What: The Good-Time Girls, a 13-minute, female-centric Western with a lot of nods to the classics.
Who: Writer/director Courtney Hoffman, who is the costume designer behind films like The Hateful Eight, and stars Laura Dern, Garret Hedlund, and Alia Shawkat.
Why we care: In nearly 90 years of Oscars, only one woman has won the top prize for directing–Kathryn Bigelow, for 2008’s The Hurt Locker. Only eight women have won Oscars for screenwriting, and half of them won it as part of a writing team (involving men.) Some may account for the gender discrepancy by arguing that the other films written and directed by women each year simply weren’t worthy, but to do so would ignore how many women were denied the chance to make their worthy movie.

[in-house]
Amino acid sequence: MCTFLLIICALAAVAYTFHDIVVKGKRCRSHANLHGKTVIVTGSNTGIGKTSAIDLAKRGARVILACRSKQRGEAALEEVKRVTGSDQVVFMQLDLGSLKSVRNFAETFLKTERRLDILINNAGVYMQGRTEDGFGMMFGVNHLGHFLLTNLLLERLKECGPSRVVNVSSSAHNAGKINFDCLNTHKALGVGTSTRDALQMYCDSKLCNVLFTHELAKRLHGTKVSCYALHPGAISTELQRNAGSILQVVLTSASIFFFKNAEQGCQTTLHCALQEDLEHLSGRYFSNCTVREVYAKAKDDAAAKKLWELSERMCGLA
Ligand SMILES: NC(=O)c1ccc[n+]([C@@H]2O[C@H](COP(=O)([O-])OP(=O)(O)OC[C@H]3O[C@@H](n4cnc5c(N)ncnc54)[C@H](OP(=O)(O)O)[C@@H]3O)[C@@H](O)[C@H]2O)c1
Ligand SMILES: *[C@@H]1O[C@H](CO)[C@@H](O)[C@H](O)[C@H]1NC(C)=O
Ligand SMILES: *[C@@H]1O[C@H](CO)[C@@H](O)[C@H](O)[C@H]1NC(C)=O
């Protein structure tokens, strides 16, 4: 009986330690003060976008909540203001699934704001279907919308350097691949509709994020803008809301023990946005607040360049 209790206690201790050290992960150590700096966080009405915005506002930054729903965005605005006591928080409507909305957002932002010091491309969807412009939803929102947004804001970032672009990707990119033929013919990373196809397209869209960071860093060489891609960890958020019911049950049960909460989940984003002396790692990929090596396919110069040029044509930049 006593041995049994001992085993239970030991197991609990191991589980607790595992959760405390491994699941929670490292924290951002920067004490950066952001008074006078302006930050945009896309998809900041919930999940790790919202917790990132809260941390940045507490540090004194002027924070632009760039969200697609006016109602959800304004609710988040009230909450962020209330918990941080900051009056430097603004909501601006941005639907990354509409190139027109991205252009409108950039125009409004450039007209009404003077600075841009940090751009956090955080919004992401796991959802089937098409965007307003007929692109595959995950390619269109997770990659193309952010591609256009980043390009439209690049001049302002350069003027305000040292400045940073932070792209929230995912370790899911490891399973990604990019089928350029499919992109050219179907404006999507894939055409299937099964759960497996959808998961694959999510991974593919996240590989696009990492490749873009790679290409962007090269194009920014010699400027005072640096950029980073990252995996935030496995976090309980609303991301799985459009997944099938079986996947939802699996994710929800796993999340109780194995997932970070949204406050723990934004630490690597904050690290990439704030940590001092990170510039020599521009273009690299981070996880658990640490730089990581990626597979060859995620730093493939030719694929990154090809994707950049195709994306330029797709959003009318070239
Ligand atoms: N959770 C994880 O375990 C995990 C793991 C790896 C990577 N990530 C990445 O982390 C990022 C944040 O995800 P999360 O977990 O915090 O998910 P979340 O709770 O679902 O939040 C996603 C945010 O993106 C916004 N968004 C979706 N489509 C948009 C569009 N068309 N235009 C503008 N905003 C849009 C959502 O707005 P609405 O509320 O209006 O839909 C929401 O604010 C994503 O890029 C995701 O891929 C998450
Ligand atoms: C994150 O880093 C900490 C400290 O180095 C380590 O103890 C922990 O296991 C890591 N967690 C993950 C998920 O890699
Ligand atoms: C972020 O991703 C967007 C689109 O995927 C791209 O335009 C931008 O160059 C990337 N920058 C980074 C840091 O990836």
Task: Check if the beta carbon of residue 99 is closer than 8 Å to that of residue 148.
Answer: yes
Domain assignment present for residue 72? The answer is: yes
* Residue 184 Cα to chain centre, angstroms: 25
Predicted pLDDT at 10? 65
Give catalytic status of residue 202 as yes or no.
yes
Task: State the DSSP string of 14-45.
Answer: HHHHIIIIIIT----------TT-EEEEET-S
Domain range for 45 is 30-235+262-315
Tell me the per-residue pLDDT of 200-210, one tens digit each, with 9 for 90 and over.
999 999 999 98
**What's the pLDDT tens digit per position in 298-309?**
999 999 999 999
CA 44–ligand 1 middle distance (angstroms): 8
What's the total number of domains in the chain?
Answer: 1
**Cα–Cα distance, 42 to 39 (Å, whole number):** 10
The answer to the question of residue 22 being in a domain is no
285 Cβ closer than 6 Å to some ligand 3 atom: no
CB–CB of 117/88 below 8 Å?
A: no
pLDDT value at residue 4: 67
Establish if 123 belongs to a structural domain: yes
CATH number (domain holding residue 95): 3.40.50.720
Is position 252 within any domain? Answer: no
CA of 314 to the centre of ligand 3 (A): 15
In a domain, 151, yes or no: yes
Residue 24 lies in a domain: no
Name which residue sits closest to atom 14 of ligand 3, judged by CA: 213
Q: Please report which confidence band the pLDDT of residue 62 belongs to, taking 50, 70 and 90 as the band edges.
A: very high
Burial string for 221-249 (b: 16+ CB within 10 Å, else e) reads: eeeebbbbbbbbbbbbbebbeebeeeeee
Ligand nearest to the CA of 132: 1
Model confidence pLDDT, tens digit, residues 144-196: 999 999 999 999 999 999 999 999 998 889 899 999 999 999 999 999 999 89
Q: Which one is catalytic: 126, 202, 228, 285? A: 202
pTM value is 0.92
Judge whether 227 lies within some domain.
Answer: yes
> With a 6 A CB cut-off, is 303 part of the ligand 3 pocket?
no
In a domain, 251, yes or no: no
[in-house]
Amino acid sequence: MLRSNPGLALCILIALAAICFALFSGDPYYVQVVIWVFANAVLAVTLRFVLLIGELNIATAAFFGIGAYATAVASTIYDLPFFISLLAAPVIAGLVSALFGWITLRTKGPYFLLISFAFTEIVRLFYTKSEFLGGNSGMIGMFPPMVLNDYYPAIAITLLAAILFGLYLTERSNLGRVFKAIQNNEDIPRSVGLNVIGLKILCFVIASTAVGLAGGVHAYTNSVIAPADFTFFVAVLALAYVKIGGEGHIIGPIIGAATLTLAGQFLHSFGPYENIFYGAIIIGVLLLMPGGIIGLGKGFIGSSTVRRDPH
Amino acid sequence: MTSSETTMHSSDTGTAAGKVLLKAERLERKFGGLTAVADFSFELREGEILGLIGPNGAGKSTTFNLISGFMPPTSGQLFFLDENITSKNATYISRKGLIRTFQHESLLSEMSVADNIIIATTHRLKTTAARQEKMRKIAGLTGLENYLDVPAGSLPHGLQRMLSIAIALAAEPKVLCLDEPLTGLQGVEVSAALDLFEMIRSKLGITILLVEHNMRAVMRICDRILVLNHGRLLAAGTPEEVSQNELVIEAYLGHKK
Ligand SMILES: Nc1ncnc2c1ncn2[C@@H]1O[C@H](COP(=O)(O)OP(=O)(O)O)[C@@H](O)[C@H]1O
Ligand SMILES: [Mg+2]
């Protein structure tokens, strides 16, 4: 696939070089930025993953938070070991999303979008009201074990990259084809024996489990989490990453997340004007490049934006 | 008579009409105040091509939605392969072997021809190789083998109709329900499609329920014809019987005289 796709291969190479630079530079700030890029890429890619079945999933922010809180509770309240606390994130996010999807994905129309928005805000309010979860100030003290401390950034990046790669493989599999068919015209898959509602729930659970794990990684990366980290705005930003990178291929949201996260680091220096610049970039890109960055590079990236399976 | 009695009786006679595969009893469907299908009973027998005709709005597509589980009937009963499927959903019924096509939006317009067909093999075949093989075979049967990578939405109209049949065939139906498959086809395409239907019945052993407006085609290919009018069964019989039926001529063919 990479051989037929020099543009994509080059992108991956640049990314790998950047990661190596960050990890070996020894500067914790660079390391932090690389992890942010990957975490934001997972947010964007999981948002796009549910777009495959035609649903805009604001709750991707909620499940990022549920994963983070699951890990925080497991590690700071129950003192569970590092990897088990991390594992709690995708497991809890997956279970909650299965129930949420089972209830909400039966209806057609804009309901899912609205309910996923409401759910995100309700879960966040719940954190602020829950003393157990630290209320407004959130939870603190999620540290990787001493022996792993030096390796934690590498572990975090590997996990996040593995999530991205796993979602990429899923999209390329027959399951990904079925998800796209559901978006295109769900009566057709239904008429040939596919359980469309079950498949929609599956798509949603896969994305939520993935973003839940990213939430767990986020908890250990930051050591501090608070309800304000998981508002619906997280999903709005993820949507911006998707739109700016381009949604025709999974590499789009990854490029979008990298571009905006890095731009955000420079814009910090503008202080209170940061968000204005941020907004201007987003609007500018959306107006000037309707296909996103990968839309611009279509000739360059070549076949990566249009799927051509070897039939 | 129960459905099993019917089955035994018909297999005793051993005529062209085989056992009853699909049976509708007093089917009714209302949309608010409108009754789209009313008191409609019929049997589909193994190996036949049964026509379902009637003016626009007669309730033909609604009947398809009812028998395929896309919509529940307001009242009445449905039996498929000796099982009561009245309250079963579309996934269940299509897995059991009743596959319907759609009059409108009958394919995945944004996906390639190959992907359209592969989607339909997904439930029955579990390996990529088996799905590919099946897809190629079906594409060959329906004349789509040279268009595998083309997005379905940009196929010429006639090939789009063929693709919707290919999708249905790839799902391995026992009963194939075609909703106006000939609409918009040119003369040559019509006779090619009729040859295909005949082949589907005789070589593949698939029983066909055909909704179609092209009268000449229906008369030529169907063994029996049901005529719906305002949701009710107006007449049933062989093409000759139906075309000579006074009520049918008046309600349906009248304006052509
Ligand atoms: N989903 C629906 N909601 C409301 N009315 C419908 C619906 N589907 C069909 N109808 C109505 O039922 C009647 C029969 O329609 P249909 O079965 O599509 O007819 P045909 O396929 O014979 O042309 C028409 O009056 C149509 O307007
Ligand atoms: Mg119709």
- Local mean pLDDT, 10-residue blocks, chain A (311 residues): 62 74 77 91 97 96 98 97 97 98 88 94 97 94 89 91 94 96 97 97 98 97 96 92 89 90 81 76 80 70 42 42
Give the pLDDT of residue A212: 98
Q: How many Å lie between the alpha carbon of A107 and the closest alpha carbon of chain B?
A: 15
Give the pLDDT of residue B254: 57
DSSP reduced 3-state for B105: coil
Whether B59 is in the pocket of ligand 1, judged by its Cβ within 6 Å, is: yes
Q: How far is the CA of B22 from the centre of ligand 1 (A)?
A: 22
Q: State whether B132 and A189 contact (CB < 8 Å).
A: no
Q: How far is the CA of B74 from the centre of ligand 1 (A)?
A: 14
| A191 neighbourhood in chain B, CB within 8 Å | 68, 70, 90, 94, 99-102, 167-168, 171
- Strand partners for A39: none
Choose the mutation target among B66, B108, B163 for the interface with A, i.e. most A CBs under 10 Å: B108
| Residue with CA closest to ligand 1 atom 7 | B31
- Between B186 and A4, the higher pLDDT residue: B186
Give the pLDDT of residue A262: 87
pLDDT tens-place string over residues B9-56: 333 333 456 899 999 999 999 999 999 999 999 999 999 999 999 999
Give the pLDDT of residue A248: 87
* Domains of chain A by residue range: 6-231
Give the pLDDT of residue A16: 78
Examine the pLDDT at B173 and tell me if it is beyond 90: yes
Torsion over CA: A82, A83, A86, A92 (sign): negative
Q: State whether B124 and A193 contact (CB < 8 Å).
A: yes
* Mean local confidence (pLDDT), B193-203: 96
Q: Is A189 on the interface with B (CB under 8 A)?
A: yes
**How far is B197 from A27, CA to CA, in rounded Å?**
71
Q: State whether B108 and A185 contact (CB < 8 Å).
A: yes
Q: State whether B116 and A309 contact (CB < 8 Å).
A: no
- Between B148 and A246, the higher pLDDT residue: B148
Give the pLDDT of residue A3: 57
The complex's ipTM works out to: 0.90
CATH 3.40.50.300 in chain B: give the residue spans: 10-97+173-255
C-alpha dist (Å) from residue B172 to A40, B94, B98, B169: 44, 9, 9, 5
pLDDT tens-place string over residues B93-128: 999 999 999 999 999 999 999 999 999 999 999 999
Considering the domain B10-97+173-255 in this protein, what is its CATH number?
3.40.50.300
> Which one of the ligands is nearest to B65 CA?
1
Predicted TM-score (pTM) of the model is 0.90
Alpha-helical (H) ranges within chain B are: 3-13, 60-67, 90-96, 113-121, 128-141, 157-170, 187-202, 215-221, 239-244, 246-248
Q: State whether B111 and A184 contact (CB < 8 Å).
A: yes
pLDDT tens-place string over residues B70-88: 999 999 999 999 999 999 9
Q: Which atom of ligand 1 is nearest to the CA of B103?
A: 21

Things seem to be changing, though. Filmmakers like Ava Duvernay and Patty Jenkins are finally being handed the keys to high-level properties, for one thing. Elsewhere, NBC has just launched a program to hire more female directors, and Refinery29’s Shatterbox anthology commissioned short films from 12 female filmmakers. One of those shorts, The Good-Time Girls, just premiered online this week, and well, you should probably watch it right now.
The Good-Time Girls is the writing/directing debut of Courtney Hoffman, a costume designer who has previously worked on Quentin Tarantino’s movies (Tarantino served as executive producer here). It stars Laura Dern, who is absolutely on fire this year, along with Alia Shawkat, and a mostly female cast. What’s truly impressive–although the fact that it counts as such is kind of sad–is how women dominate the crew as well, from cinematography to editing and graphic design. (The grips are still men, though, FYI.)
Provenance aside, though, The Good-Time Girls stands on its own merits as a rock-solid revenge tale with old school Western atmosphere to spare. It’s the story of a fed-up brothel clashing with some surly customers. To go into it too much would spoil whatever the above description hasn’t already. But it’ll suffice to say that this short film makes an unmistakable statement in both form and content.